, Land Line state legislative editor | Tuesday, January 06, 2015
An effort is again underway at the Missouri statehouse to increase speeds along certain roadways in the state. Officials with the Owner-Operator Independent Drivers Association say it’s imperative for road safety that any changes made to driving speeds promote uniformity.
Rep. Mike Kelley, R-Lamar, filed a bill for the regular session that begins on Wednesday, Jan. 7, that could result in speed limits being raised from 70 to 75 mph for all vehicles on rural stretches of interstates and freeways.
The Missouri Department of Transportation would have the final say on any speed changes.
If approved, the Show-Me State would join 16 other states to authorize speeds of at least 75 mph. Only two of those states (Idaho and Montana) allow cars to travel one speed, at 75 mph, while keeping trucks at a slower speed, 65 mph.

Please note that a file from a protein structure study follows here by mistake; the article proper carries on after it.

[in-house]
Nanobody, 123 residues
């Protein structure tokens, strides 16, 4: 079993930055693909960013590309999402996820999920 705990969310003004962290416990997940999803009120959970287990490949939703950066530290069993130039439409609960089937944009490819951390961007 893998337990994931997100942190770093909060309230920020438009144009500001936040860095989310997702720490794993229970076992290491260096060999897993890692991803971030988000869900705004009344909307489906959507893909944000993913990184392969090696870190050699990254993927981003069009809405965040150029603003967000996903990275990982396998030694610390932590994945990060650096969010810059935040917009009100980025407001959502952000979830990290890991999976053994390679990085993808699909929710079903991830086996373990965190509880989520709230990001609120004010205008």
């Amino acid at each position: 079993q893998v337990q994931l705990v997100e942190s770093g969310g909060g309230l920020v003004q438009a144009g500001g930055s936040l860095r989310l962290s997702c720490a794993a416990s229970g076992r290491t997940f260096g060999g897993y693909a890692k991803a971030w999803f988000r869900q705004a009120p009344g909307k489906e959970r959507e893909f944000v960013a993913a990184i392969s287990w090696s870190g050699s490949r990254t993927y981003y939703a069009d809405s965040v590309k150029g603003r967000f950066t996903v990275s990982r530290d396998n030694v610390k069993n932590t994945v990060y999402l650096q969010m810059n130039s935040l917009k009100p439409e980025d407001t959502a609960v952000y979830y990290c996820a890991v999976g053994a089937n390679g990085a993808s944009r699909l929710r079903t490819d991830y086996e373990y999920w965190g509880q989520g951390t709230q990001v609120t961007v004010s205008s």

Kelley also sought the 5 mph speed boost during the 2014 session. The House Transportation Committee approved the bill, but it died without receiving a vote on the House floor. He is bringing the bill back for consideration in an effort to match the state’s maximum speed with neighboring Kansas and Oklahoma.
Truckers have voiced concern that higher speed limits result in a wider disparity between the posted speed and how fast many speed-limited trucks can travel.
OOIDA officials say that roadways are safer when all vehicles are permitted to travel at the same rate of speed. On Monday, Jan. 5, the Association sent communication to Rep. Kelley requesting that state lawmakers maintain uniform speeds, regardless of any increase or decrease to existing speed limits.
Mike Matousek, OOIDA’s director of state legislative affairs, said that differential speed limits create more interactions between cars and trucks, which can potentially lead to an increase in the number and severity of accidents.
“They are also a contributing factor to increased congestion, diesel emissions, and inefficiencies with local, regional, and national goods movement,” Matousek said.
The bill, HB295, awaits assignment to committee.
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